brath

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See also: bráð

English[edit]

Alternative forms[edit]

Etymology 1[edit]

From Middle English brath, broth, braith, from Old Norse bráðr ‎(hasty, sudden), from Proto-Germanic *brēþaz ‎(hot, in a hurry, rushed), from Proto-Indo-European *bʰrē-, *bʰerē- ‎(steam, vapour), from *bʰer- ‎(to seethe, toss about, cook). Cognate with Icelandic bráður ‎(quick, hasty, excited), Swedish bråd ‎(hasty, sudden, urgent), Danish bråd ‎(hasty, sudden). Related to breath, brew.

Adjective[edit]

brath ‎(comparative brather or more brath, superlative brathest or most brath)

  1. (Britain dialectal) Hasty; violent; fierce; strong.
Synonyms[edit]
Derived terms[edit]

Etymology 2[edit]

From Middle English brath, from Old Norse bráð ‎(haste), from bráðr ‎(hasty). See above.

Noun[edit]

brath ‎(uncountable)

  1. (Britain dialectal) Violence; fierceness; anger; fury; fit of rage.

Irish[edit]

Etymology[edit]

From Old Irish brath, later form of mrath, mbrath ‎(act of betraying; treachery, betrayal; act of spying, reconnoitring; act of revealing; revelation, sign; act of depending (on); dependence, something depending (on)).

Pronunciation[edit]

  • (Cois Fharraige) IPA(key): /bˠɾˠa/

Noun[edit]

brath m ‎(genitive singular as substantive braith, genitive as verbal noun braite)

  1. verbal noun of braith
  2. perception, feeling, detection
  3. spying, betrayal
  4. expectation, intention; dependence, reliance (with ar ‎(on))
    Tá mé ag brath ort.
    I’m relying on you.
Declension[edit]

Verbal noun:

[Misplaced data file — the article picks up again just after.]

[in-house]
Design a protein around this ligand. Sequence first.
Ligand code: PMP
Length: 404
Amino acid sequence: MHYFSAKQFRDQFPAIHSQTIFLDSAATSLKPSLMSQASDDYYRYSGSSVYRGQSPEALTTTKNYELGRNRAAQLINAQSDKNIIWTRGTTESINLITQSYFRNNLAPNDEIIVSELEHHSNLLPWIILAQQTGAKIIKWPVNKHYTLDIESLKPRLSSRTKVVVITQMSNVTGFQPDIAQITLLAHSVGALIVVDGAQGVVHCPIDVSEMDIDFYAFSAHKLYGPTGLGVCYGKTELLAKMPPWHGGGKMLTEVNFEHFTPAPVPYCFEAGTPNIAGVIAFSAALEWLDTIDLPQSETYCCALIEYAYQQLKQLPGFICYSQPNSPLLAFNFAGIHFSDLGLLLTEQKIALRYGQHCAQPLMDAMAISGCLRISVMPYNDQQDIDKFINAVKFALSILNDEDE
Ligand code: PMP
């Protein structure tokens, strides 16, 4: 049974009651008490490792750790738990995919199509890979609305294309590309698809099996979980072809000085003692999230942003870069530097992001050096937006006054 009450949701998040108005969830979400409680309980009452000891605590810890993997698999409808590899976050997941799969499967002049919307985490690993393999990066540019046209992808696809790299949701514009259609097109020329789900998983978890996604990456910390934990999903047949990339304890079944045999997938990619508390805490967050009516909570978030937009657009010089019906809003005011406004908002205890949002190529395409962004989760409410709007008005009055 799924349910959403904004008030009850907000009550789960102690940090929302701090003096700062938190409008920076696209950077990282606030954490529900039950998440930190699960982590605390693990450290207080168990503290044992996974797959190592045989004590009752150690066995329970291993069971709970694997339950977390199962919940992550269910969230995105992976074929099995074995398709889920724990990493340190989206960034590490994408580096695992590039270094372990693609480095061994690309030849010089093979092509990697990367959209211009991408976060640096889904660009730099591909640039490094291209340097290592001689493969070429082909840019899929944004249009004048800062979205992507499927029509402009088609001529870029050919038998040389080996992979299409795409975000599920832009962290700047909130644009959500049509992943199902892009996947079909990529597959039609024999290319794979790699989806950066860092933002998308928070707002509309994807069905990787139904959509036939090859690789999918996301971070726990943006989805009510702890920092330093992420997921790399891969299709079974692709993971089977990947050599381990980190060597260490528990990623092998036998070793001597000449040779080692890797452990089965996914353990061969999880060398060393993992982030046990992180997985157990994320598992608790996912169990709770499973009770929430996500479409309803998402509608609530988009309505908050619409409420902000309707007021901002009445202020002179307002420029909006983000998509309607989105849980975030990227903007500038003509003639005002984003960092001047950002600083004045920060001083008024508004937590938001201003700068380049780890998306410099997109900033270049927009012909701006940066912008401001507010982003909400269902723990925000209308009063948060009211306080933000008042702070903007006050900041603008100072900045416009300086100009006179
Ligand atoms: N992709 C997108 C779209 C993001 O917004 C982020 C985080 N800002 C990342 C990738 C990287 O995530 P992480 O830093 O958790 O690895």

Substantive:

Mutation[edit]

Irish mutation
Radical Lenition Eclipsis
brath bhrath mbrath
Note: Some of these forms may be hypothetical. Not every
possible mutated form of every word actually occurs.

References[edit]

  • "brath" in Foclóir Gaeilge-Béarla, An Gúm, 1977, by Niall Ó Dónaill.
  • brath” in Dictionary of the Irish Language, Royal Irish Academy, 1913–76.

Scottish Gaelic[edit]

Etymology[edit]

From Old Irish brath, later form of mrath, mbrath ‎(act of betraying; treachery, betrayal; act of spying, reconnoitring; act of revealing; revelation, sign; act of depending (on); dependence, something depending (on)).

Noun[edit]

brath m ‎(genitive singular bratha)

  1. knowledge, notice, informing, information
  2. treachery, advantage by unfair means, betraying, spying
  3. treason, betrayal
  4. intention, design
  5. pursuit of information
  6. expectation
  7. opinion, idea, guess
  8. mass, lump
  9. lie
  10. dependance

Derived terms[edit]

Mutation[edit]

Scottish Gaelic mutation
Radical Lenition
brath bhrath
Note: Some of these forms may be hypothetical. Not every
possible mutated form of every word actually occurs.

References[edit]

  • Faclair Gàidhlig Dwelly Air Loidhne, Dwelly, Edward (1911), Faclair Gàidhlig gu Beurla le Dealbhan/The Illustrated [Scottish] Gaelic-English Dictionary (10th ed.), Edinburgh: Birlinn Limited, ISBN 0 901771 92 9
  • brath” in Dictionary of the Irish Language, Royal Irish Academy, 1913–76.